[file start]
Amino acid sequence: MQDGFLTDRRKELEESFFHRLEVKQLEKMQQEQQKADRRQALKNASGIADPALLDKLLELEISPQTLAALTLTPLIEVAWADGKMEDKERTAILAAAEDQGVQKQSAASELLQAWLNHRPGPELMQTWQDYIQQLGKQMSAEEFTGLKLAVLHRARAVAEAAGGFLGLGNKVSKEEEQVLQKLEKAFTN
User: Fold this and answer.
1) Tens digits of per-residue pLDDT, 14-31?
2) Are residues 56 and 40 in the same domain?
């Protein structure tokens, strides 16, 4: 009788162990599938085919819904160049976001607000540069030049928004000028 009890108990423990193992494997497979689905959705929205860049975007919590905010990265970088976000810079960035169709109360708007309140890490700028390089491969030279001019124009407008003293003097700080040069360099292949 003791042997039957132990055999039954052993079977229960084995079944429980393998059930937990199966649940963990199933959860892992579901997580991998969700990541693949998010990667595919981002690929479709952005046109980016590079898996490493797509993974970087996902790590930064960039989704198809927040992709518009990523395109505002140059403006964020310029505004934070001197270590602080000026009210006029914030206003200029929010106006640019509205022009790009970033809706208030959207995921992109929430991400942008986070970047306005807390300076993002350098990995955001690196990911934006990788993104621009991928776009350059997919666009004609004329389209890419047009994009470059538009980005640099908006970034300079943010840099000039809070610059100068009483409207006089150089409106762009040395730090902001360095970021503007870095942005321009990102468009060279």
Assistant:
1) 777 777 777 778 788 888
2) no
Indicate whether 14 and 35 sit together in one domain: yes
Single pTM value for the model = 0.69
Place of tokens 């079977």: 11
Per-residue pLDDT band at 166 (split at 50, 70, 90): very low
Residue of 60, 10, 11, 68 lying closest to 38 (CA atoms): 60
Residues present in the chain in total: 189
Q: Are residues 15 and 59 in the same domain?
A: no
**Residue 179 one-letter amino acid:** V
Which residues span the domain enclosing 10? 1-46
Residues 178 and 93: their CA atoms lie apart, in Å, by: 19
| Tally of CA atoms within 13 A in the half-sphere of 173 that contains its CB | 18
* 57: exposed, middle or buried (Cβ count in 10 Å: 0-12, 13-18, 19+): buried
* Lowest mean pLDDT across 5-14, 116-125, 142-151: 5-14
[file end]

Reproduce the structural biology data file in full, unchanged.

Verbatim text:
Amino acid sequence: MQDGFLTDRRKELEESFFHRLEVKQLEKMQQEQQKADRRQALKNASGIADPALLDKLLELEISPQTLAALTLTPLIEVAWADGKMEDKERTAILAAAEDQGVQKQSAASELLQAWLNHRPGPELMQTWQDYIQQLGKQMSAEEFTGLKLAVLHRARAVAEAAGGFLGLGNKVSKEEEQVLQKLEKAFTN
User: Fold this and answer.
1) Tens digits of per-residue pLDDT, 14-31?
2) Are residues 56 and 40 in the same domain?
């Protein structure tokens, strides 16, 4: 009788162990599938085919819904160049976001607000540069030049928004000028 009890108990423990193992494997497979689905959705929205860049975007919590905010990265970088976000810079960035169709109360708007309140890490700028390089491969030279001019124009407008003293003097700080040069360099292949 003791042997039957132990055999039954052993079977229960084995079944429980393998059930937990199966649940963990199933959860892992579901997580991998969700990541693949998010990667595919981002690929479709952005046109980016590079898996490493797509993974970087996902790590930064960039989704198809927040992709518009990523395109505002140059403006964020310029505004934070001197270590602080000026009210006029914030206003200029929010106006640019509205022009790009970033809706208030959207995921992109929430991400942008986070970047306005807390300076993002350098990995955001690196990911934006990788993104621009991928776009350059997919666009004609004329389209890419047009994009470059538009980005640099908006970034300079943010840099000039809070610059100068009483409207006089150089409106762009040395730090902001360095970021503007870095942005321009990102468009060279």
Assistant:
1) 777 777 777 778 788 888
2) no
Indicate whether 14 and 35 sit together in one domain: yes
Single pTM value for the model = 0.69
Place of tokens 């079977």: 11
Per-residue pLDDT band at 166 (split at 50, 70, 90): very low
Residue of 60, 10, 11, 68 lying closest to 38 (CA atoms): 60
Residues present in the chain in total: 189
Q: Are residues 15 and 59 in the same domain?
A: no
**Residue 179 one-letter amino acid:** V
Which residues span the domain enclosing 10? 1-46
Residues 178 and 93: their CA atoms lie apart, in Å, by: 19
| Tally of CA atoms within 13 A in the half-sphere of 173 that contains its CB | 18
* 57: exposed, middle or buried (Cβ count in 10 Å: 0-12, 13-18, 19+): buried
* Lowest mean pLDDT across 5-14, 116-125, 142-151: 5-14